A comprehensive review on space solar power satellite: an idiosyncratic approach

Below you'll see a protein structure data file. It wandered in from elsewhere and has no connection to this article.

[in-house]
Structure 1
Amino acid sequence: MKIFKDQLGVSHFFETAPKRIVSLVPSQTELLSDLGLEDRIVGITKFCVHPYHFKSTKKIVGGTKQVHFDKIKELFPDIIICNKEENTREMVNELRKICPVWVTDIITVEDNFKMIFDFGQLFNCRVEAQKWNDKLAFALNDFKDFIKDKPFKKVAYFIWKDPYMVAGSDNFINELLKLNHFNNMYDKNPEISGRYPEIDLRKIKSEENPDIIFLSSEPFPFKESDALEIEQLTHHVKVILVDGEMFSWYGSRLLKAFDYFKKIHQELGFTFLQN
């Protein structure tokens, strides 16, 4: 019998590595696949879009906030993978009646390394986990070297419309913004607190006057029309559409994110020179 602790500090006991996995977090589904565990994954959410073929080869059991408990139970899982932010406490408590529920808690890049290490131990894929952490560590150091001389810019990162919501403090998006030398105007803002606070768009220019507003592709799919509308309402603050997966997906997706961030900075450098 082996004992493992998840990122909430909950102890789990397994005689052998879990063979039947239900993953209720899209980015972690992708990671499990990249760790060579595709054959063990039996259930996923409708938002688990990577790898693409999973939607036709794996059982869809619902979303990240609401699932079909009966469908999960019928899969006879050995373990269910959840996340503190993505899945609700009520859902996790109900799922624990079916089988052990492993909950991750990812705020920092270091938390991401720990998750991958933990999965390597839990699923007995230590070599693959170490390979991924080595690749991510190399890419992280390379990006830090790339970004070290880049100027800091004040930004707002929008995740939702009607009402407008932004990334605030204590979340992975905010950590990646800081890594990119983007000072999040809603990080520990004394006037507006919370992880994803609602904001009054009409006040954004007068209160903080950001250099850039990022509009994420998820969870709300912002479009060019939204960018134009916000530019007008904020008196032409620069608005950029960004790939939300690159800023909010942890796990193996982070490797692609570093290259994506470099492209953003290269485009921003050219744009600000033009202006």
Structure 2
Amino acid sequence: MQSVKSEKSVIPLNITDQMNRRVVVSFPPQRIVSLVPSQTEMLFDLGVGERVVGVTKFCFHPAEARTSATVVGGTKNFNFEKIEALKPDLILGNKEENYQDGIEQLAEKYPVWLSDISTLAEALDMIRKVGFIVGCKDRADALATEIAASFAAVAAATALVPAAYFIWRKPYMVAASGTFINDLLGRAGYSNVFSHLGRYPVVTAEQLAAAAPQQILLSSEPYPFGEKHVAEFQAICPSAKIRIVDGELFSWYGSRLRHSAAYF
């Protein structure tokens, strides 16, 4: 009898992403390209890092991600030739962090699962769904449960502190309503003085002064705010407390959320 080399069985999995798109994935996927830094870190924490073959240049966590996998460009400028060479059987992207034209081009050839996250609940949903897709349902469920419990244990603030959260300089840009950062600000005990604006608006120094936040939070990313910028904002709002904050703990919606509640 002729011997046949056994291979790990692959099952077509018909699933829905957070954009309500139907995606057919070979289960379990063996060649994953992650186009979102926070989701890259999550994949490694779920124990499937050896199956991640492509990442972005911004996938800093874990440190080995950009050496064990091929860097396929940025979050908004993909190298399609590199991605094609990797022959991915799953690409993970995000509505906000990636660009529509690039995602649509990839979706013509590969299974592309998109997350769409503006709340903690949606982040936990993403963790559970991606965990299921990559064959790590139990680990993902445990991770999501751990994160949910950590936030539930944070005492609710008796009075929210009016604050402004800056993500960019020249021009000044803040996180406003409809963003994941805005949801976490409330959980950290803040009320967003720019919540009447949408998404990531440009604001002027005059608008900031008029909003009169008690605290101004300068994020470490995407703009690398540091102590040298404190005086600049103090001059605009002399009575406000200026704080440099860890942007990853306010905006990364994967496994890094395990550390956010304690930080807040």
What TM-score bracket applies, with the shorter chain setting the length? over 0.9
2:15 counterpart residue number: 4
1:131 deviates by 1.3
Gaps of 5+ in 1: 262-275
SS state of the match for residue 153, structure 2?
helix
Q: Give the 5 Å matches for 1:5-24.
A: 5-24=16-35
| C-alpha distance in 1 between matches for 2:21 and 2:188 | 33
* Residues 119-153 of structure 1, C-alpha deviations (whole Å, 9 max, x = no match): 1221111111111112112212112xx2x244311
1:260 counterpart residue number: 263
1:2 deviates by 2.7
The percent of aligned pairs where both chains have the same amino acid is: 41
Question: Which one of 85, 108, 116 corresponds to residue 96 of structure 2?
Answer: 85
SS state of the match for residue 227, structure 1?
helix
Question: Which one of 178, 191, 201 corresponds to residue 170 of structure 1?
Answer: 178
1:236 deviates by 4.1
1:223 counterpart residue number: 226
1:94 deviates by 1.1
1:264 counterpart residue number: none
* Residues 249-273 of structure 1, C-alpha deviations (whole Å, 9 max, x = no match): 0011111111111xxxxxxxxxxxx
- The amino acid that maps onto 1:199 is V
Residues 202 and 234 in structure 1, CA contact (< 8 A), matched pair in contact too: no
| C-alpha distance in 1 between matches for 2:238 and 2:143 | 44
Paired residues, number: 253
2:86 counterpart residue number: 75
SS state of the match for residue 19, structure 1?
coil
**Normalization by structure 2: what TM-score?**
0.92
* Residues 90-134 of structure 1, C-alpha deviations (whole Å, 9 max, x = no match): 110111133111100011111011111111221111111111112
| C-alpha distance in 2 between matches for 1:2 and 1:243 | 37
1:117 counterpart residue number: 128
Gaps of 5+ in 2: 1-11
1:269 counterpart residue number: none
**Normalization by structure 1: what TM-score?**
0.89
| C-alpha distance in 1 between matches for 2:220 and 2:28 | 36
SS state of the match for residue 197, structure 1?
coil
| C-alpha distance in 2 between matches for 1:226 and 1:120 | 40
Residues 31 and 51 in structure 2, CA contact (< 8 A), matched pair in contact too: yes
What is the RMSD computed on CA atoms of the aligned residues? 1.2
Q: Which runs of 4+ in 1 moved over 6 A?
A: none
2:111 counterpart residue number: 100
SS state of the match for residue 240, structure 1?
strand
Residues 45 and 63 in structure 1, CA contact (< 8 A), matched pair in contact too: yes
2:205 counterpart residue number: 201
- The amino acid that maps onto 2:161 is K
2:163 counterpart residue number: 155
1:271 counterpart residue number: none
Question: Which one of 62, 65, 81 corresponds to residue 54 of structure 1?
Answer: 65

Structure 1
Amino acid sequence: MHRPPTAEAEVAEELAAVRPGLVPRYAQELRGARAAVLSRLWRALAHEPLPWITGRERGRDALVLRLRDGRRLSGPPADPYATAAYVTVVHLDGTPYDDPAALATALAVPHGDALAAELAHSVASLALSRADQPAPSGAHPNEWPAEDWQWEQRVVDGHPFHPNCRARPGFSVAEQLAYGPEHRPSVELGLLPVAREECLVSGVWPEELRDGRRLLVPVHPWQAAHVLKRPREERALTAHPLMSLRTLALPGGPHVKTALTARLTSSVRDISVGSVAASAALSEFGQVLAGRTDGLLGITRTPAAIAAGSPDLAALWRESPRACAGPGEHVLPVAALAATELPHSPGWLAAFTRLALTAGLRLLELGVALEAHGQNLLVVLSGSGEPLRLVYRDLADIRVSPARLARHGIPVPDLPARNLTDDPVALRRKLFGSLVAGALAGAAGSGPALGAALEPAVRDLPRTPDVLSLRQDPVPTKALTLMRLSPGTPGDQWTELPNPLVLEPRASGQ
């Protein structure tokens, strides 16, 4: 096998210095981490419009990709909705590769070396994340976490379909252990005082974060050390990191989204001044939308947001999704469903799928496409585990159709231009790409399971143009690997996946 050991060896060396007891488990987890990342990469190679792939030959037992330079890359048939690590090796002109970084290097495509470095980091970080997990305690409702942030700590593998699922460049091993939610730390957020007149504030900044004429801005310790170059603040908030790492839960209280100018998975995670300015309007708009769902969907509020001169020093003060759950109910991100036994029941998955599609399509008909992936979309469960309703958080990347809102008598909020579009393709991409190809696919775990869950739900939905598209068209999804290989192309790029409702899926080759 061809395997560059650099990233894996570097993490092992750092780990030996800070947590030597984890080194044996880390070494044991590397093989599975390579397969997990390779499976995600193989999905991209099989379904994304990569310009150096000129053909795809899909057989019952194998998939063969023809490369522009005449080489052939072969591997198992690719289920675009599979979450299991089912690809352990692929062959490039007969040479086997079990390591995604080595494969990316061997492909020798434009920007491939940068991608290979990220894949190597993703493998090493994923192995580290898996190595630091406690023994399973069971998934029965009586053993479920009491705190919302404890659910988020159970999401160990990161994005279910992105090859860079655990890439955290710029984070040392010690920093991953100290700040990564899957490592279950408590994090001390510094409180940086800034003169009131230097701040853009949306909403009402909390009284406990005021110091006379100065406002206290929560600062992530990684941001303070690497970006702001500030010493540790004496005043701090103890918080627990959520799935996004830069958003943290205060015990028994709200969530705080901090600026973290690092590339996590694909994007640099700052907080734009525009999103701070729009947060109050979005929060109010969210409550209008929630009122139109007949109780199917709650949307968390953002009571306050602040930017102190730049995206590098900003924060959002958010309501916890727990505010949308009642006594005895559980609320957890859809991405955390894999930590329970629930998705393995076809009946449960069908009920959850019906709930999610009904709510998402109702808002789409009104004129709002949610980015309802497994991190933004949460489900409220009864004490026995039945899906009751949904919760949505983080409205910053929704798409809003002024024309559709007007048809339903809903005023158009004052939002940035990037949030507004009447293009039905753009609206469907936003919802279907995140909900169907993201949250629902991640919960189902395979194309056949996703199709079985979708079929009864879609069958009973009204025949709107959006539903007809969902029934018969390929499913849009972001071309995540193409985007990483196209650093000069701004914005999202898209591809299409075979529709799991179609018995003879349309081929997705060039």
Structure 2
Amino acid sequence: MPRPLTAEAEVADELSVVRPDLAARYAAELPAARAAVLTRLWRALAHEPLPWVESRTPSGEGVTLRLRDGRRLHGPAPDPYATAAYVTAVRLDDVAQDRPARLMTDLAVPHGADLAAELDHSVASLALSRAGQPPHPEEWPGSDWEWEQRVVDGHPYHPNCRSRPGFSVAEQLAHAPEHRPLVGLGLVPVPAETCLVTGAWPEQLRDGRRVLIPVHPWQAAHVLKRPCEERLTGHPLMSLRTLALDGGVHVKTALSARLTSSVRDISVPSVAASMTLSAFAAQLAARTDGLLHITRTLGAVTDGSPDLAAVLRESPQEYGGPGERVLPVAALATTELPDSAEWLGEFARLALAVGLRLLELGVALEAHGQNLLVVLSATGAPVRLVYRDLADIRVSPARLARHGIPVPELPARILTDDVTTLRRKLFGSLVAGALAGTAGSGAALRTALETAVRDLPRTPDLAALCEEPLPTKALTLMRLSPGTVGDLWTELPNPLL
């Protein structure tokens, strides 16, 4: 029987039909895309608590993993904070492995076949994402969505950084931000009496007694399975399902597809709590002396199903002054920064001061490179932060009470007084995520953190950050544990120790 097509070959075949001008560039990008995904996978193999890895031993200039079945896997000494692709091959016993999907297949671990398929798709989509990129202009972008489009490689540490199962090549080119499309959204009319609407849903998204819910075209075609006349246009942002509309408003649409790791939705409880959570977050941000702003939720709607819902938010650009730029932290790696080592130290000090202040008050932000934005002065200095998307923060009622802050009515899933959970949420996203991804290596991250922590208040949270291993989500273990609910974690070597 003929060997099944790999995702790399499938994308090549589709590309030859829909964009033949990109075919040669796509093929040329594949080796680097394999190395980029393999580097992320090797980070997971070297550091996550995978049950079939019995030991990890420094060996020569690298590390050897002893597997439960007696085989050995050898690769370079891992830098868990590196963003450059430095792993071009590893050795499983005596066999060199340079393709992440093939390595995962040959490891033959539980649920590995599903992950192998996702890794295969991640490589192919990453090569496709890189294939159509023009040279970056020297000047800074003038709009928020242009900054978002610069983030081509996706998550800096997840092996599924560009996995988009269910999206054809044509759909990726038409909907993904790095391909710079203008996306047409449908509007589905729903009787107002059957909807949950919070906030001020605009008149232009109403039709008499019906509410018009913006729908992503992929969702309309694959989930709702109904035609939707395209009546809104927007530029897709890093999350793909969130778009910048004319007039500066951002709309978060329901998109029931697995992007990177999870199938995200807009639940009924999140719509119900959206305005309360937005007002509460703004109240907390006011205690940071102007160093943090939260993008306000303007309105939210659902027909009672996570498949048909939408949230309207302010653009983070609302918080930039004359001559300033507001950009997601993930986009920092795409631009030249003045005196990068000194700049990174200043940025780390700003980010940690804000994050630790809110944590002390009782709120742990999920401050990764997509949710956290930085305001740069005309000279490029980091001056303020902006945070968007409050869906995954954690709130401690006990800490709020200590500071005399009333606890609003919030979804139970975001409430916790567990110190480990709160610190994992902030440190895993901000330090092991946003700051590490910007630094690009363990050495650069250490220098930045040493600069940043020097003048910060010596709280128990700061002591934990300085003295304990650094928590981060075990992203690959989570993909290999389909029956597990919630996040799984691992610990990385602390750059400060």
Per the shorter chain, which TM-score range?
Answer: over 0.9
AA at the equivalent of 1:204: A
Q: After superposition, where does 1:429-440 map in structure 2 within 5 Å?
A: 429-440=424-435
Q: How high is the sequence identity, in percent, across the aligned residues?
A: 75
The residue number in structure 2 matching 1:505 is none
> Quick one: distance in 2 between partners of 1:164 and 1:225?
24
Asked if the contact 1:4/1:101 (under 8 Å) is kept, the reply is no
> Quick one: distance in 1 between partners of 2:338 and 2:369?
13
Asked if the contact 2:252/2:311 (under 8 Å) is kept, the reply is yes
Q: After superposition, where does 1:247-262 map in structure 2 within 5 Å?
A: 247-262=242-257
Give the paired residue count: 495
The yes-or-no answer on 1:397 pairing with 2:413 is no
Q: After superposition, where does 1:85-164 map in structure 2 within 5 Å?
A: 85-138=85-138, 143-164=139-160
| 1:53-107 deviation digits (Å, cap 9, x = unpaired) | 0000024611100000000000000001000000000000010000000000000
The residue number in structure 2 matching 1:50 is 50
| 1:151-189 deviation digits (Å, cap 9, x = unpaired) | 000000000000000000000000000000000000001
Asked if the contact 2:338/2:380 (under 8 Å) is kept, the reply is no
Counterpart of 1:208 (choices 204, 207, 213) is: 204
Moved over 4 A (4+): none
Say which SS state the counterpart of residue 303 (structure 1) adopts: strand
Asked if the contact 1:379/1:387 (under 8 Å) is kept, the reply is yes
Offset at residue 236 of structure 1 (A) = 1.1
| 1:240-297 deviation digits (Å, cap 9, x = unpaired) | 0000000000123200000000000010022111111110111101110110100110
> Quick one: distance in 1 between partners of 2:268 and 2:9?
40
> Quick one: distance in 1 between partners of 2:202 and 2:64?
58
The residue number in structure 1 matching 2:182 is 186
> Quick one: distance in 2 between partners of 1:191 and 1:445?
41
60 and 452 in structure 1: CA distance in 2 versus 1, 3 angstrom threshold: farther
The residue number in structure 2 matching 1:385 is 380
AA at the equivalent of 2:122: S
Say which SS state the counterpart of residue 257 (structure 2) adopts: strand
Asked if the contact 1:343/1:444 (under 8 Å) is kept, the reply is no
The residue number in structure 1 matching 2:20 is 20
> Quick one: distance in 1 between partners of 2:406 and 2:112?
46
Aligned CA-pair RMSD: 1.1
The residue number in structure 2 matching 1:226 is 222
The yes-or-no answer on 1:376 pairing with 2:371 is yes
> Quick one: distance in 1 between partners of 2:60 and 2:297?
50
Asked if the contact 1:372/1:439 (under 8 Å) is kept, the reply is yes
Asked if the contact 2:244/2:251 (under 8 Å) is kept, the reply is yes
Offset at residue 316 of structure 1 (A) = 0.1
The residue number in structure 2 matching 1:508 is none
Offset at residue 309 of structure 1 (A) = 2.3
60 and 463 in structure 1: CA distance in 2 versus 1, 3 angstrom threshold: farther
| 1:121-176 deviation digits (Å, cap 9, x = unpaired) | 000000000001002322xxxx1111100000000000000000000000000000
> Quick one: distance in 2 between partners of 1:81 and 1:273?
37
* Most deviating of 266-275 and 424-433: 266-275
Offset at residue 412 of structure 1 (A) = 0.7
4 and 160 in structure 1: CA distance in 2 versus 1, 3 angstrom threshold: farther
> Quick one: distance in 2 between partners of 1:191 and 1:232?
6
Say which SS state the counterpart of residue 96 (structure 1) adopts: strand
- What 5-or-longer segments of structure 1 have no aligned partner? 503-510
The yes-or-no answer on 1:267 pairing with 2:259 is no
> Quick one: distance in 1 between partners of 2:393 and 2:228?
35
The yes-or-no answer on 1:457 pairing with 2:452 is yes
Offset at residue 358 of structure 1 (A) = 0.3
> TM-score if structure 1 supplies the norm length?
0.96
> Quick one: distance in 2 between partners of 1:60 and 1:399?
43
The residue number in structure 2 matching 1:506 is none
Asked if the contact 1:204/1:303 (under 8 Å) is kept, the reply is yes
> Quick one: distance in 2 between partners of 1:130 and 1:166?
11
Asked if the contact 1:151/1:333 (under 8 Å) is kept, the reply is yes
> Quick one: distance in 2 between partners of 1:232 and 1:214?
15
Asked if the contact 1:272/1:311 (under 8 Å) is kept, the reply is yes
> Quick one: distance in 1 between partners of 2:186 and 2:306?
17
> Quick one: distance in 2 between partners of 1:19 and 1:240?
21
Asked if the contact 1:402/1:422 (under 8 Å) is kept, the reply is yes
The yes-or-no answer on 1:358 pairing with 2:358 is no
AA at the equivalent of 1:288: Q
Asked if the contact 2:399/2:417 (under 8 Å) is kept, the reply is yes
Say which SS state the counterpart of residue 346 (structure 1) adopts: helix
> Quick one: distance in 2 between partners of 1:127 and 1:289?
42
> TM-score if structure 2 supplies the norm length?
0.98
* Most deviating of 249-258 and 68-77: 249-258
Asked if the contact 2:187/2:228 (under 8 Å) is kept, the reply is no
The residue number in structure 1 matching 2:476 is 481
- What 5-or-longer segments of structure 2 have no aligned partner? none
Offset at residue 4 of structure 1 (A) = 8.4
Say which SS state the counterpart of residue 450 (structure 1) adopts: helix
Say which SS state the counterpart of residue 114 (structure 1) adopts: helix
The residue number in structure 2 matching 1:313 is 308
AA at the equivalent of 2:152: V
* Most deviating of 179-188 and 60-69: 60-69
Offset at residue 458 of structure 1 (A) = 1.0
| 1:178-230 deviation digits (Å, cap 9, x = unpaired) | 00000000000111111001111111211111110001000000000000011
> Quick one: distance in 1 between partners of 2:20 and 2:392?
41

Space solar power satellite (SSPS) is a prodigious energy system that collects and converts solar power to electric power in space, and then transmits the electric power to Earth wirelessly. The main principle of this system is to supply constant solar energy by placing collectors in geo-synchronous orbit and collecting it on an Earth-based receiver, known as a rectenna. This system can overcome serious drawbacks, especially the pseudo-random intermittent capacity factor of ground-based solar power or photovoltaic systems and modules. This paper discusses some old and new concepts of solar power satellite designs and the effects of various parameters on the efficiency of collecting medium, transmission media, and receivers’ area. We evaluated and reviewed the three major components of the space-based satellite that have a hand in affecting the overall efficiency of the system, which are (1) collection unit, (2) power transmission unit, and (3) the receiving unit. This paper reviews the system as a whole, as proposed in the last three decades. Many of the microwave-based SSPS models that were proposed so far are based on solar concentrators. The required launch mass and system cost could be significantly reduced by using solar concentration and hence higher efficiency can be achieved. SSPS requires new microwave technology to achieve a high power conversion efficiency of over 80% and extremely accurate beam control from the 2 km phased array transmitting antenna. Such specifications are extremely demanding and therefore significant effort is required for proper research and development. Under this technology roadmap, current research and development lead to the beginning of the new SSPS era in the coming decades.